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Is Composite Wood Waterproof?

To answer this question, we will first look at the true definition of waterproof, as the meaning is often misunderstood in the industry. If something is waterproof, it is completely impervious to water, meaning the material will be able to fully resist the entry of liquid, therefore maintaining its integrity. Composite decking is not completely waterproof; it can absorb water and will generally swell and shrink as the climate changes. This is completely normal. You will often hear composite decking described as water-resistant rather than waterproof. In this article, we will look at the reasons for this, how to manage the process of swelling and how to ensure you choose the best decking board for your home.

Why Does Composite Decking Absorb Water?

Composite decking’s resistance to moisture is far greater than that of timber decking. However, given that composite decking is partially made from wood, you will still see some level of moisture absorption in first-generation and even second-generation composite boards. When moisture gets trapped under the decking and on top of the timber joists, it stays there and prevents it from drying properly. This is different from wood, which is more susceptible to rot and decay when not properly dried. If you are looking for quality, water-resistant composite decking, you must do your due diligence and research the different designs on the market.

First Generation VS Second Generation

One design is the first-generation composite decking board. Compromising recycled plastic bottles and a wood-fibre surface layer, this design’s waterproof capabilities are inferior when compared to the second generation. This earlier design of composite records a low to medium slip risk when exposed to wet conditions and the amount of swelling will be greater in comparison with the second generation.

Homeowners in search of high-water-resistant composite decking should opt for second-generation products that are fortified with a capping that acts as a protective membrane against moisture. The capping not only ensures a better level of water resistance, it will also provide a surface with improved slip resistance.

Choosing The Correct Decking

The second generation is a more advanced material, but it comes with a bigger price tag. Therefore, you may be asking – is it worth it in my case?”

If you’re looking for the best water resistant decking, we would assume you’re installing your decking close to water. Water is commonly known for damaging wooden decks over time creating swelling, shrinking, cracking leading to structural failure and especially increasing the risk of slipping.

Composite decking is a mix of wood and plastic meaning it will absorb water but nowhere near the amount we associate with wood. Although we wouldn’t recommend first generation to be installed close to water, second generation with the added protection (PE layer) would be a perfect choice. 

Another recommendation when installing close to water is to use a solid core, please note when we say close to water we are talking about a hot tub, pond or canal, not submerging the boards in water. Why? composite will absorb moisture in its core and will swell, hollow boards have a weaker core as they will at times hold water in its hollow structure this can create cracks over time, whereas a solid core will stand the test of time.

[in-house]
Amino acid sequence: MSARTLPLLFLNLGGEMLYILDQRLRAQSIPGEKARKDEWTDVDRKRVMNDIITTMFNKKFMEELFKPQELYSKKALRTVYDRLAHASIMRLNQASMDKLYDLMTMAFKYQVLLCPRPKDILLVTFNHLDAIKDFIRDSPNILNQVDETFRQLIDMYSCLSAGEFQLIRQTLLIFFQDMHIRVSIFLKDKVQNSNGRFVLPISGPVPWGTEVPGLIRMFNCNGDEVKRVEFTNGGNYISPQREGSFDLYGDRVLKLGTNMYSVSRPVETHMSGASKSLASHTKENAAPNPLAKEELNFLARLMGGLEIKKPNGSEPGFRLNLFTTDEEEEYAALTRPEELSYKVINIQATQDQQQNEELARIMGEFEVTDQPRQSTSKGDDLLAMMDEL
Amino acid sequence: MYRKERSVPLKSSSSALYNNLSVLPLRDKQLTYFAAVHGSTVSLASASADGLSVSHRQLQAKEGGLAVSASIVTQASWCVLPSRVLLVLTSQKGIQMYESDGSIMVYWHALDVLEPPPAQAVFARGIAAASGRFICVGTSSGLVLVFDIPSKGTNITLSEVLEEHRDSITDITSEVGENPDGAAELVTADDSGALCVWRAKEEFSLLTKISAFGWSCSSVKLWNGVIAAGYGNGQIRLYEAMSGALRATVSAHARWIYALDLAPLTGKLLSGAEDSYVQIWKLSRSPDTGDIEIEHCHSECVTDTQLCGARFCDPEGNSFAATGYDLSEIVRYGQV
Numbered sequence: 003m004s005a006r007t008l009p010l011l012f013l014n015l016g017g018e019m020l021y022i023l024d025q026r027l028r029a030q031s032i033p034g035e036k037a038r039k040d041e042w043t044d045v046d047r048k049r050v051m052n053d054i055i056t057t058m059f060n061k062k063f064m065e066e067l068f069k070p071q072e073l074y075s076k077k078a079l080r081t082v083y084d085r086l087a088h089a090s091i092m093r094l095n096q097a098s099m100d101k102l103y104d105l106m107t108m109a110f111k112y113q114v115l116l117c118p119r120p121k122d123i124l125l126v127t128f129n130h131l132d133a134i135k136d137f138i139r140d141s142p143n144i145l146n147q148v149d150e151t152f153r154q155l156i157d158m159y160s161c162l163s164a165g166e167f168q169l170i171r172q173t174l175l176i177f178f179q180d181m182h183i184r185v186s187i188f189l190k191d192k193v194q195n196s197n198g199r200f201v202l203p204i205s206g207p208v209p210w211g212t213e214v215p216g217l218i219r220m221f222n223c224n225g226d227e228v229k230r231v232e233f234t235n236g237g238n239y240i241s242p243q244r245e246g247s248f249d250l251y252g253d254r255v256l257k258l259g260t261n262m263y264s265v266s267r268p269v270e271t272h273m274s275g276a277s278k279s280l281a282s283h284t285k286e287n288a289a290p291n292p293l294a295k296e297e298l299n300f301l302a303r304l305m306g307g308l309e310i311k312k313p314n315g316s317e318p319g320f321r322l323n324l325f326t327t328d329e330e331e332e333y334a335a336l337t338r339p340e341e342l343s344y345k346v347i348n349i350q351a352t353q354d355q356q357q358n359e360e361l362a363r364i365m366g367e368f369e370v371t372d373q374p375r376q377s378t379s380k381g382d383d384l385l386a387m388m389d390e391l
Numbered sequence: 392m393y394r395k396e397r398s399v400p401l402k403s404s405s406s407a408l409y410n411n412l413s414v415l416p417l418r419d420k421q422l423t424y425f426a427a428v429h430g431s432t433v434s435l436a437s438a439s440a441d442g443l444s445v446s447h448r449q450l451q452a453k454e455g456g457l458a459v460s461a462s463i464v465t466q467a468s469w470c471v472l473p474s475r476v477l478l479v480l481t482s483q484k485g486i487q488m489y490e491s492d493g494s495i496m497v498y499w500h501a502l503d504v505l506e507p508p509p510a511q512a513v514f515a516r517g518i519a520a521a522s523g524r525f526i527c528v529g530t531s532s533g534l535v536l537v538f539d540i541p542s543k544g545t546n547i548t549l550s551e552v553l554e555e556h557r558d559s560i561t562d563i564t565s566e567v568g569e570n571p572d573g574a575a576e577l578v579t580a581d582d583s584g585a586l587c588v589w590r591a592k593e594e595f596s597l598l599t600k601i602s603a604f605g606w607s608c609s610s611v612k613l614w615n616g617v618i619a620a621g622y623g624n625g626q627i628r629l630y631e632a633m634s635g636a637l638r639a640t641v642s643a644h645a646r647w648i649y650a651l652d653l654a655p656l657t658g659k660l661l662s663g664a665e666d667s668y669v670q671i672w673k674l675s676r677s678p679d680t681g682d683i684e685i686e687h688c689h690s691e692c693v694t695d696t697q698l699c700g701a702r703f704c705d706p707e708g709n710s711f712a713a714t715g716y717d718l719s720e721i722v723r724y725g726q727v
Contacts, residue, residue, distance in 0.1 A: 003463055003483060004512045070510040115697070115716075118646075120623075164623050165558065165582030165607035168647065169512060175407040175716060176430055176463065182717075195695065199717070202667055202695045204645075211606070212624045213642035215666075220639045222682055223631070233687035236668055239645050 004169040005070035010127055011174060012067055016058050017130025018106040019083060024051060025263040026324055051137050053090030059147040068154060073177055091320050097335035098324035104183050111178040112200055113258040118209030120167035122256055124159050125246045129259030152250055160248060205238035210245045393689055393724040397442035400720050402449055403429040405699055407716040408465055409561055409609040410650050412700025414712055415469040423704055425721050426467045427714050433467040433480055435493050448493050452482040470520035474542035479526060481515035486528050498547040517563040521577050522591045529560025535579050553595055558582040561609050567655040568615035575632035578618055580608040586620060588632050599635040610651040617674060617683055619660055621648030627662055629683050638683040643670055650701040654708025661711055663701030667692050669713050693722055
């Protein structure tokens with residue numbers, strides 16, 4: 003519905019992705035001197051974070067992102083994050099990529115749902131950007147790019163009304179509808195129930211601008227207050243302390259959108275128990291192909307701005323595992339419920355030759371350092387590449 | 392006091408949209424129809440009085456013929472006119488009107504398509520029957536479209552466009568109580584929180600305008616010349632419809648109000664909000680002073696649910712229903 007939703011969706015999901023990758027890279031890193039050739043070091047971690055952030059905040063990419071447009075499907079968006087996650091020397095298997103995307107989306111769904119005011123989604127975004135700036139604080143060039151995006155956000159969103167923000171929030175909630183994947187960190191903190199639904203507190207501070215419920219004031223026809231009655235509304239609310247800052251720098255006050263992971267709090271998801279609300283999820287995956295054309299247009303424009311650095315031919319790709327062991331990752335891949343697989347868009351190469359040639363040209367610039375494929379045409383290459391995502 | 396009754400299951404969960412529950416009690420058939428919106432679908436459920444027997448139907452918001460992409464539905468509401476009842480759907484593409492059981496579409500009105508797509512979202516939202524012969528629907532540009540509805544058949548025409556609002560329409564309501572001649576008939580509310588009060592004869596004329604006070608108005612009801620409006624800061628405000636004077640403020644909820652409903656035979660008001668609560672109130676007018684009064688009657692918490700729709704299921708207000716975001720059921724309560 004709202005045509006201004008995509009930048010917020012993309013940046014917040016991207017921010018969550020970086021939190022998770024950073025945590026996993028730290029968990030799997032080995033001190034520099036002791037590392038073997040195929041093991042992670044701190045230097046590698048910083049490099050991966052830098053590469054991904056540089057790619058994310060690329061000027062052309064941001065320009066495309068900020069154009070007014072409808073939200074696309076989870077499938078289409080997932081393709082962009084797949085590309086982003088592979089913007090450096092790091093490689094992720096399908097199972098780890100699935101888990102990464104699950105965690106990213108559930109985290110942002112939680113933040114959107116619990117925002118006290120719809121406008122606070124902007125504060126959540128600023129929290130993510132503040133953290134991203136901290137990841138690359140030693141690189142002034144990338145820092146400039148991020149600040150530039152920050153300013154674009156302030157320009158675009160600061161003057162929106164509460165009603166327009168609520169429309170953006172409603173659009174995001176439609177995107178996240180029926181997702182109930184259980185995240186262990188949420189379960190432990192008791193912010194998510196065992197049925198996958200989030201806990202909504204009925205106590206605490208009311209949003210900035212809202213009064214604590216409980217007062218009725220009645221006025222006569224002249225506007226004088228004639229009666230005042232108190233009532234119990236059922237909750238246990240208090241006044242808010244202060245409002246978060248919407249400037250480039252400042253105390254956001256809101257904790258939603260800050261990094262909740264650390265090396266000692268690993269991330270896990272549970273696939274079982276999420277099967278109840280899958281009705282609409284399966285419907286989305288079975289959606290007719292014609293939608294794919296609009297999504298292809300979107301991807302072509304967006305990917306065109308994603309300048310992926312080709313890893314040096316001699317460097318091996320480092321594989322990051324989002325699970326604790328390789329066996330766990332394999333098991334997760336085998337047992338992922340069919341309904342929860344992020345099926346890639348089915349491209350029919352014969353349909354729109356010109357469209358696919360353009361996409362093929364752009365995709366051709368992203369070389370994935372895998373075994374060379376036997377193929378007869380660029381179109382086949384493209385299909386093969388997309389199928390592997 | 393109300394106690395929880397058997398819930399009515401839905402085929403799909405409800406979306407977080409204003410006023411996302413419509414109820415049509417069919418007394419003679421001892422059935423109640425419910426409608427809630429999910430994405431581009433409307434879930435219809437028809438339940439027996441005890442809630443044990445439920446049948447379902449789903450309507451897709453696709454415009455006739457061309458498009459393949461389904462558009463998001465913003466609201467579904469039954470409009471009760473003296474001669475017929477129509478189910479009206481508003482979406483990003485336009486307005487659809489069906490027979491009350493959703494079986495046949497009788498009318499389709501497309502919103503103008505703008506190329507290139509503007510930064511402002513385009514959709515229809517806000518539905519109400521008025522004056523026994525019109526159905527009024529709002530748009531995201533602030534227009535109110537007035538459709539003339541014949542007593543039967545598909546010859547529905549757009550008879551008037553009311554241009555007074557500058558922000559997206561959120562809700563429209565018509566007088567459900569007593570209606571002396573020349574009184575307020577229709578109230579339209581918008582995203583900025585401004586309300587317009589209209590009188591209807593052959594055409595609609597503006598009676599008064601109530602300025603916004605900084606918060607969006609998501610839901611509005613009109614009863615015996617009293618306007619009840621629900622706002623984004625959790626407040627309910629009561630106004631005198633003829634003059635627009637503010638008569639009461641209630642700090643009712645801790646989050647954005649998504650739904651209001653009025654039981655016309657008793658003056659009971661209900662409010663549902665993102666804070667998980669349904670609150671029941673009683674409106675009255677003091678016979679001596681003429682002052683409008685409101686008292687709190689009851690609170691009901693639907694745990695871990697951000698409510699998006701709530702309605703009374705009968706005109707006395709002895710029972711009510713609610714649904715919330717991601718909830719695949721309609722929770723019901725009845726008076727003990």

To summarise, first-generation boards are still an excellent choice for your residential living space; just take extra care when the decking is wet and don’t install near vast amounts of water, if you want the boards to stand the test of time. If you are someone who is not on a budget and the water resistance is a big concern, then second generation is the right decking style for you.

Ensuring Your Decking Is As Waterproof As Possible.

As discussed previously, opting for a second-generation product will increase water resistance in your new outdoor living space.

Besides that, following your supplier’s installation guidelines and instructions will ensure a greater level of water resistance and durability. For example, using hidden fasteners rather than screwing through your decking boards is a huge factor when determining your deck’s ability to absorb water. Given that hidden fasteners don’t penetrate the surface of the boards, there are fewer points for water to enter. This will significantly reduce the chances of water-related damage such as excessive swelling and the accumulation of mould and mildew. In fact, these problems become almost non-existent when using hidden fasteners.

Another factor surrounding installation is ensuring you leave the correct gaps for drainage. The hidden fasteners will allow for a gap between each decking board between 3-6mm (depending on the clip that you purchased, checks must still be carried out). End to end, we recommend leaving 8mm for drainage and thermal expansion. These precautions will ensure that there is never an accumulation of puddles and pools of water on your decking.

Conclusion

Composite decking is not completely waterproof; however, you can purchase more advanced designs, such as second-generation boards, that have a greater level of durability and water resistance. In addition to this, ensuring that you follow the correct installation guidelines will improve longevity and resistance against moisture over time.

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